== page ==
Clearly there was public revulsion to the murders in Benghazi. I continue to perceive — but maybe this is self-indulgent to what I want to believe is true — that the most under-reported and unexamined aspect of this event so far is the action by the the people of Benghazi to throw out the militias following the murders.

Comment by William R. Cumming

September 28, 2012 @ 7:58 am

Well Chris my library evolves. The pagan philosophers are certainly worth reading and of course the Torah, Quran, and Bible (Old and New Testament)!

But given my age and abilities I prefer synthesis to analysis.
But odds vehicles often have been an influence on me including heavy Sci-Fi from 4th to 8th grade.
Since I was born 8 months and 27 days after Pearl Harbor I have always found WWI and WWII and their impact on Western Civilization (or as I characterize it their real impact was the suicide of the West) the course of Western Civilization of which I am product is always of interest. Sir John Keegan while alive pronounced WW II the largest event in human history so far and probably for the next 10,000 years. As raised a Christian perhaps Christ’s birth a greater event but who knows.

I do strongly commend the books “When Did Christ Become God” and “The Children of Aristotel” by the same author.

And the writings of St. Thomas Acquinas and the debates about faith versus reason in the writings of Christendom have to be considered important post 9/11/01!

And nuclear policy provides insight to me as to the conflict of faith and reason also. Perhaps the writings of SIOP provide insights into the future of mankind.

And Dag Hammerskold’s (sic) book “Etchings” and John Gardner’s writing perhaps indicate the higher purposes of secular humanism as well as the foundation documents of the easter religions.

The best military history and perhaps autobiography in English is that of President US Grant written as he died of throat cancer. The Civil War looms even now as the seminal event in USA history so far.

Well a quick take that perhaps might be of interest to you Chris who like the very odd person who held the Torch of Freedom in the hearing room for the Shoreham Nuclear Power station (a $12 billion dollar case in which I was for a time [3 years] FEMA’s lawyer) gained respect by all involved at least for his physical endurance.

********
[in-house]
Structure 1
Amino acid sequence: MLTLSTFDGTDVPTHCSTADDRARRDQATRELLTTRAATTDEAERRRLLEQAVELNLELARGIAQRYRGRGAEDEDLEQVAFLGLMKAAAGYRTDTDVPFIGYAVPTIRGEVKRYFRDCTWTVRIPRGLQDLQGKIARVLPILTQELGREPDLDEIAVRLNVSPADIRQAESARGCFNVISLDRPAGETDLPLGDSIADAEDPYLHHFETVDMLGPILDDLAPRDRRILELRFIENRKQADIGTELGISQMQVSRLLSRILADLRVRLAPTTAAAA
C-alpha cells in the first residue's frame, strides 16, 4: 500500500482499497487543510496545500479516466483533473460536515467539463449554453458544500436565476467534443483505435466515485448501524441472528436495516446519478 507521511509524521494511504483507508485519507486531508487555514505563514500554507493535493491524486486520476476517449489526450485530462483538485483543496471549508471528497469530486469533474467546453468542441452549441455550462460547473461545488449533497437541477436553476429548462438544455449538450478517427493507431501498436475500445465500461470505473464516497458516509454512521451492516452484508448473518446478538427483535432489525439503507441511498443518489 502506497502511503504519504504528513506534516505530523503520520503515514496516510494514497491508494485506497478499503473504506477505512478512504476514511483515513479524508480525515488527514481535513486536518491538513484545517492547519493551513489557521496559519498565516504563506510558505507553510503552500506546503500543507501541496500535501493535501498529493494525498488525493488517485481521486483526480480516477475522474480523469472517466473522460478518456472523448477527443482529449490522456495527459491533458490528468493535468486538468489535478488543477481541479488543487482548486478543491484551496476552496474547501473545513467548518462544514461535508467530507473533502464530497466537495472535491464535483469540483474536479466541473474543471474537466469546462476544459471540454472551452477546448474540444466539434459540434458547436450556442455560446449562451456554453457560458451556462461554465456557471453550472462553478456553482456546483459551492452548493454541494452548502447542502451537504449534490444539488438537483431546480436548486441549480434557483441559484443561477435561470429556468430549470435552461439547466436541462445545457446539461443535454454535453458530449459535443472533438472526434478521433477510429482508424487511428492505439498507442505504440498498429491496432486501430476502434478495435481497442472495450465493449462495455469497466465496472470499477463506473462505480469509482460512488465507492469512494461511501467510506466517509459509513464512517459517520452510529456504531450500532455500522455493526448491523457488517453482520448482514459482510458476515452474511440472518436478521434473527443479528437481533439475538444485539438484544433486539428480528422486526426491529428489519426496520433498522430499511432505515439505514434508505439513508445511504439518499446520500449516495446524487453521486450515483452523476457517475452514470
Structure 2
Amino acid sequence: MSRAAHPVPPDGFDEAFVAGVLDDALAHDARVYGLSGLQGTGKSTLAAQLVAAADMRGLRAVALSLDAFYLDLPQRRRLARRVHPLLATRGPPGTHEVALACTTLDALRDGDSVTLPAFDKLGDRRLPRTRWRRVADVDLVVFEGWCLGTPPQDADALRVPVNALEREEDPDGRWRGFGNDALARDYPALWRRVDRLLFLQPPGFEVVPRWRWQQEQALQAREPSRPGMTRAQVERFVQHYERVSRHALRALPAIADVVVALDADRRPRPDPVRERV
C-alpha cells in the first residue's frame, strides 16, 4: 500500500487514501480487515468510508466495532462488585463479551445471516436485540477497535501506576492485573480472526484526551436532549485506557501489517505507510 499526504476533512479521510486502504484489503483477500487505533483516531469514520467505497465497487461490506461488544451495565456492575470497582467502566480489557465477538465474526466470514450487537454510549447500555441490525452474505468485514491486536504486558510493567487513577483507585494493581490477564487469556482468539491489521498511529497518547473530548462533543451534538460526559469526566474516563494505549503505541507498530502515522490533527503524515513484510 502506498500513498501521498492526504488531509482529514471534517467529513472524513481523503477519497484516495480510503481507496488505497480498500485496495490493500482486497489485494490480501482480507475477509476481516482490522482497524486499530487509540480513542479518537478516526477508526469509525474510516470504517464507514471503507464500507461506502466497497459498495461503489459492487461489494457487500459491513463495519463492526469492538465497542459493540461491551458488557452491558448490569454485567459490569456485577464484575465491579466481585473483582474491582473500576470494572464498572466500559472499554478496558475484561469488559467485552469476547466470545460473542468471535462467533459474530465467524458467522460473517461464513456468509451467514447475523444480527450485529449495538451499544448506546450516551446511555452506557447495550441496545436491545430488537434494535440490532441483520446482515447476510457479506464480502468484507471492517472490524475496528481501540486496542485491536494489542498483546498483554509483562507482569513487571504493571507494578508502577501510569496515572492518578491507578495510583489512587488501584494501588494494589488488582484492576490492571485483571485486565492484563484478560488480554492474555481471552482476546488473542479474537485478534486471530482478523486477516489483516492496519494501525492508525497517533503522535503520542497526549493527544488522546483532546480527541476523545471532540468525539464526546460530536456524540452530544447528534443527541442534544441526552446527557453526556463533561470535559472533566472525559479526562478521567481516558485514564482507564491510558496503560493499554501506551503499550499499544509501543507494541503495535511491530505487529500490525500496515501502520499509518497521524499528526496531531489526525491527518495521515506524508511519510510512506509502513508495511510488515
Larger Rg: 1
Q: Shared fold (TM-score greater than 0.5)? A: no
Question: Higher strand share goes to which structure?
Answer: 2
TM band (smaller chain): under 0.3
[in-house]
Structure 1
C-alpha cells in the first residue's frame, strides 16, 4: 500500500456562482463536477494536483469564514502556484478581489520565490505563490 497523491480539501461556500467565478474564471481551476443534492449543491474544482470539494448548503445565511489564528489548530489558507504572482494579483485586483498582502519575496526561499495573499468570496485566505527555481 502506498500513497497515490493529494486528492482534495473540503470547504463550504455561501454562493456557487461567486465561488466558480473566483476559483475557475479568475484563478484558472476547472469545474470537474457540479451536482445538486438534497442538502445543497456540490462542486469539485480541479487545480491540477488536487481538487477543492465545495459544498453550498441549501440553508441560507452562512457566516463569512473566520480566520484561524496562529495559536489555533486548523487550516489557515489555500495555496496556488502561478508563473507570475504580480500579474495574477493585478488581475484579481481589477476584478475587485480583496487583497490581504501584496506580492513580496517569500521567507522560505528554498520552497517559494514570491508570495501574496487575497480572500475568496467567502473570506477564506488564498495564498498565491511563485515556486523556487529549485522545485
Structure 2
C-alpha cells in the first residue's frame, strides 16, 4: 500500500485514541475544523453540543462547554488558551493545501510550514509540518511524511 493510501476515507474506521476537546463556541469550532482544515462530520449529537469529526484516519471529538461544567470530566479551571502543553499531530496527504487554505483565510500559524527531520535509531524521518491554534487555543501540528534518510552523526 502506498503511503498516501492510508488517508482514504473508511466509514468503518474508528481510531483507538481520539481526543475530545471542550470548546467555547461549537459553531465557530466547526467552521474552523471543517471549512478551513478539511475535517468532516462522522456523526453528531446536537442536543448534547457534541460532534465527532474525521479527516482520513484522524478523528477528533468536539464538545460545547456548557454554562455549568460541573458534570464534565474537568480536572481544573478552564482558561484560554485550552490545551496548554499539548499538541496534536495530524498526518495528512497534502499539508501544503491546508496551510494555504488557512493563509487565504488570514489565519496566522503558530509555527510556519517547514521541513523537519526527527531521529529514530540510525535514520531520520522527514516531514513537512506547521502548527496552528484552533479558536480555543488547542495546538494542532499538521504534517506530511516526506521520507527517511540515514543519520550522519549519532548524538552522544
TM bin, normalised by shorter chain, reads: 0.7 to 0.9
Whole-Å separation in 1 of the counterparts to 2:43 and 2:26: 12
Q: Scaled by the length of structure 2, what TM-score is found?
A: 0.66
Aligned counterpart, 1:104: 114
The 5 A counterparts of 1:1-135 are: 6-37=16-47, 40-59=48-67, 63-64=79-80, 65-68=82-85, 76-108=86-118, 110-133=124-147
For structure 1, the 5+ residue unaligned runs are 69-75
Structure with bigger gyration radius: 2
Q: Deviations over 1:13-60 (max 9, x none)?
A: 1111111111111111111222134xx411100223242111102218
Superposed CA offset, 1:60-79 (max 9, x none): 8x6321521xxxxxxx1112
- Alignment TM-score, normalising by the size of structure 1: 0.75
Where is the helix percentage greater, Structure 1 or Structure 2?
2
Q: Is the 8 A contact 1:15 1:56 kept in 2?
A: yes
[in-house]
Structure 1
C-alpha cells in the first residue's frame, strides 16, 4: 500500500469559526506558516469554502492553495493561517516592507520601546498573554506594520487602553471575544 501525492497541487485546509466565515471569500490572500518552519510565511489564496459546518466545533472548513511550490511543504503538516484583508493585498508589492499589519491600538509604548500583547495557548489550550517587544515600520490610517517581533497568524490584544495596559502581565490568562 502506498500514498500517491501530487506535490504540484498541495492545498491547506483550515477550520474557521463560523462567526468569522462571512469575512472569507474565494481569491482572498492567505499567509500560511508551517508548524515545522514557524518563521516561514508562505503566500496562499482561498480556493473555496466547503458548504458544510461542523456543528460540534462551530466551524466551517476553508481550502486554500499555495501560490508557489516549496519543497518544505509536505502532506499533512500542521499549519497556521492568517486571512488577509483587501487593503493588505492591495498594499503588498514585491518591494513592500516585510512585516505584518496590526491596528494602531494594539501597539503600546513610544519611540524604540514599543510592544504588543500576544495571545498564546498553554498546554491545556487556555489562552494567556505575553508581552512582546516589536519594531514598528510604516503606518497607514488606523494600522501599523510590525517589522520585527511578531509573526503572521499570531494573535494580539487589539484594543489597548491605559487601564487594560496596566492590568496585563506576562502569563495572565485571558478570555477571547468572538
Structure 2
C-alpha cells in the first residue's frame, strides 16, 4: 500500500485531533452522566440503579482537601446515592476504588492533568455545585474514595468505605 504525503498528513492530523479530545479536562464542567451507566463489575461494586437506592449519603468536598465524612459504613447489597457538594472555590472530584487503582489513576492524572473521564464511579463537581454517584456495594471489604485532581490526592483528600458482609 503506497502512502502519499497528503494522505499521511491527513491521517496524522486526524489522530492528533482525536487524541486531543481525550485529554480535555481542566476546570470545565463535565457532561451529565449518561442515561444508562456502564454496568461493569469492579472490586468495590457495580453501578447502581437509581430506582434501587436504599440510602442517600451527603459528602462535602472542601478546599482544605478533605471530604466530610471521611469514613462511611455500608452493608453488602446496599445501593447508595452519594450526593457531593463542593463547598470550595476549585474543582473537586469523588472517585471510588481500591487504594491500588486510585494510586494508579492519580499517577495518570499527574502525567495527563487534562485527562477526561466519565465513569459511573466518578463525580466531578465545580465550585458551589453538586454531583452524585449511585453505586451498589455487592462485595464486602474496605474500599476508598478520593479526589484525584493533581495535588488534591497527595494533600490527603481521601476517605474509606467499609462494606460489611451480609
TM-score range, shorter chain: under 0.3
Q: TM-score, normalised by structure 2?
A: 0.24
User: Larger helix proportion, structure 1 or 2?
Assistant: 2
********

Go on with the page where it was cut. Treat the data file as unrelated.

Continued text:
All voices are welcome to me since it is the spectrum of humanity and its endeavours that I find of most interest, not its technology or machinery!

Comment by William R. Cumming

September 28, 2012 @ 8:03 am

There were glitches in my comment on my library. Retired General Lee Butler is the best on nuclear weapons policy and he largely authored the current SIOP!

As as to WWI and the runup to WWII I hold dear the Lanny Budd series of Upton Sinclair whose writings should be treasured by all who hold our democracy (actually a Republic) dear!

On another blog of interest a recent post and comments on the demise of reading in American society may be of interest! The blog is Sic Semper Tyrannis!

Comment by William R. Cumming

September 28, 2012 @ 8:27 am

Best single book to understanding 9/11 is “The Looming Tower”! Perhaps if the redacted pages of the 9/11 Comission Report were made public I would list that report. I gave testimony to the 9/11 Comission staff for 5 hours mostly on info sharing!

Comment by William R. Cumming

September 28, 2012 @ 8:30 am

Dag’s book may have been called “Markings” not “Etching”!

Comment by Silvia Mills

October 3, 2012 @ 11:43 am

I wonder why no one has seen this so called video that caused this anger between the muslins. Is there a cover up?